Grenfell fire survivors ‘getting just £10’ from Kensington officials

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Survivors of the Grenfell Tower fire are being handed just £10 by council officials, it is claimed, despite millions in relief money being donated by the public. West London film producer Nisha Parti who has been helping homeless victims of the disaster said survivors have been handed “a tenner” as they check in to hotels.

She said volunteers are unable to access any money, despite public donations reaching more than £3m and after Theresa May pledged £5m in Government aid.

Speaking on ITV’s Peston on Sunday, she said: “Kensington and Chelsea are giving £10 to the survivors when they go to hotels. ”There is money pouring in from all these amazing volunteers, we can’t get access to the money and we cannot get it to the families.“ Asked by Robert Peston why volunteers were unable to access relief funds, she said: ”Because no one’s telling us where it is. “Victims were going to hotels, arriving at hotels, with no one from the council to greet them, to check them in, to give them clothes and food.

”Volunteers are now going to hotels with food packages, with cash that they’re trying to find because they have nothing.“ David Lammy, the Labour MP for Tottenham, told the programme it is a ”scandal“ that the public and charities are being forced to plug the gap because local government is unable to co-ordinate relief. He said: ”I met people yesterday who had been given that £10. They have lost everything. Why are we behaving like this is Victorian England where charity steps in, people step in, but we don’t have local government able to co-ordinate. “We know how to do this. We did it after the riots, we do it after floods, so you’ve got to ask why these people in Kensington and Chelsea are not getting it. What’s different to them than exists in the rest of the country? It’s an outrage. It’s a scandal. It’s appalling.”

‘Duty of care’

Eve Allison, a Conservative who sits on Kensington and Chelsea Council, said the council has a duty of care to survivors of the fire. She told BBC Breakfast: “The mood is sombre and the community continue to do what we can. The danger is when hope starts to fade, and from hope then what you’ll find is despair. ”It is on our watch, it’s our responsibility. We do have a duty of care to all our residents and whatever findings and failings come out, they have to come out soon because all the community, the victims, the families, people need answers


It’s Community Pubs Month: Here’s why your local boozer is important

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Over 20 million pints are drank in Britain every single day. If you’re one of the millions having a post-work pint tonight, you’ll be well aware at the increasing number of local pubs calling last orders for good, with around 27 allegedly closing each week.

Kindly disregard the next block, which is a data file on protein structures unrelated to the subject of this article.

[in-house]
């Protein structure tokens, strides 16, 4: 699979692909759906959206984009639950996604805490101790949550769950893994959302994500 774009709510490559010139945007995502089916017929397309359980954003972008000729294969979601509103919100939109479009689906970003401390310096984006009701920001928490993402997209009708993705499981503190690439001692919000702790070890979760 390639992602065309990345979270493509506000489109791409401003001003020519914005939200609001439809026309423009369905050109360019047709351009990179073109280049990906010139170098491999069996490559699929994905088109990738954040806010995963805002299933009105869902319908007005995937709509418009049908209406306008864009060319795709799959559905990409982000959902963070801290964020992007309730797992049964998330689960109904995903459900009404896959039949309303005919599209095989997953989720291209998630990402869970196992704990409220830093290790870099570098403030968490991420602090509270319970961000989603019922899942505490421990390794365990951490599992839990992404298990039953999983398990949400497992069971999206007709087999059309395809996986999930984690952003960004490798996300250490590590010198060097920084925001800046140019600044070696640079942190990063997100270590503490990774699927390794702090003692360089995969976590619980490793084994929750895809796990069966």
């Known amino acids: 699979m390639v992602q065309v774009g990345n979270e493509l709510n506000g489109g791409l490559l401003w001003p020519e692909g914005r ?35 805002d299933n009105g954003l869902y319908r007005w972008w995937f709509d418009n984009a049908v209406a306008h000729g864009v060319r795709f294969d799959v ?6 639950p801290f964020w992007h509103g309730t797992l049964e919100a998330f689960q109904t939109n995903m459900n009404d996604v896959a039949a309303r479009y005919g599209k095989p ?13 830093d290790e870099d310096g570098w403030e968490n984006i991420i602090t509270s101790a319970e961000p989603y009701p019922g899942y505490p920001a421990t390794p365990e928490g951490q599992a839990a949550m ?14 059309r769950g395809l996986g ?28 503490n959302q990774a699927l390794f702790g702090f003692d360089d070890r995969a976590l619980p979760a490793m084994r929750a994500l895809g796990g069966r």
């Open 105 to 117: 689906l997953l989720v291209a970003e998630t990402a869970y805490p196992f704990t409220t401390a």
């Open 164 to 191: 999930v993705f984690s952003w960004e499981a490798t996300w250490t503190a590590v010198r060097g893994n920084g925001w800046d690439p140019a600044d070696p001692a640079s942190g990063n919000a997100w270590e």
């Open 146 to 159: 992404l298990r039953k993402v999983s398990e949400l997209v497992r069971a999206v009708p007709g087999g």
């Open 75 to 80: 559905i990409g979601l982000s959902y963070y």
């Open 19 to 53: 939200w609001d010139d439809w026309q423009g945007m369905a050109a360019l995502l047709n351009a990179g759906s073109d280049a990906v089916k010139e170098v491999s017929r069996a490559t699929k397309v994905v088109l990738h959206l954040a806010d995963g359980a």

It’s not all doom and gloom though as British pubs are fighting back – so get a round in and raise a toast to your local with Paul Ainsworth, Chair of Pub Campaigning (CAMRA), who talks about and future of the Great British boozer.

Q:Why are pubs so important to British culture?

 A:They play a vital part in many people’s social lives, providing a place to meet and socialise and feel part of a community – even if you’re just sitting in the corner reading the paper rather than joining in the conversation at the bar. How many people have celebrated a wedding in a pub? Marked the arrival of a new baby with friends at the bar? Or made a new colleague feel welcome with a pint?

Q:What do they bring to local communities?

A:In many areas and villages they provide the last remaining public meeting space, with meeting halls and post offices already lost. They also create jobs and bring money into a local area which then tends to be spent in that local area.

Q:If pubs are so important to us, why are they struggling?

A:Pubs play a vital part in many people’s social lives, providing a place to meet and socialise and feel part of a community. Yet they are under a huge number of threats. From high taxes and business rates to weak planning laws, pubs are often a soft target for property developers who can make a quick profit turning a pub into a supermarket or housing.

Q:And what is the Government doing to help?

A:CAMRA is delighted to announce that after years of campaigning the Government has agreed to support measures to better protect pubs through the planning system. A current planning loophole which gives developer a free reign over demolishing or converting pubs will soon be closed, which will give local communities a greater say over their beloved pub’s future. We welcome the Government’s decision, which will ultimately help to stem the number of pub closures across the country.

To find out more information about the Campaign for Real Ale visit www.camra.org.uk.


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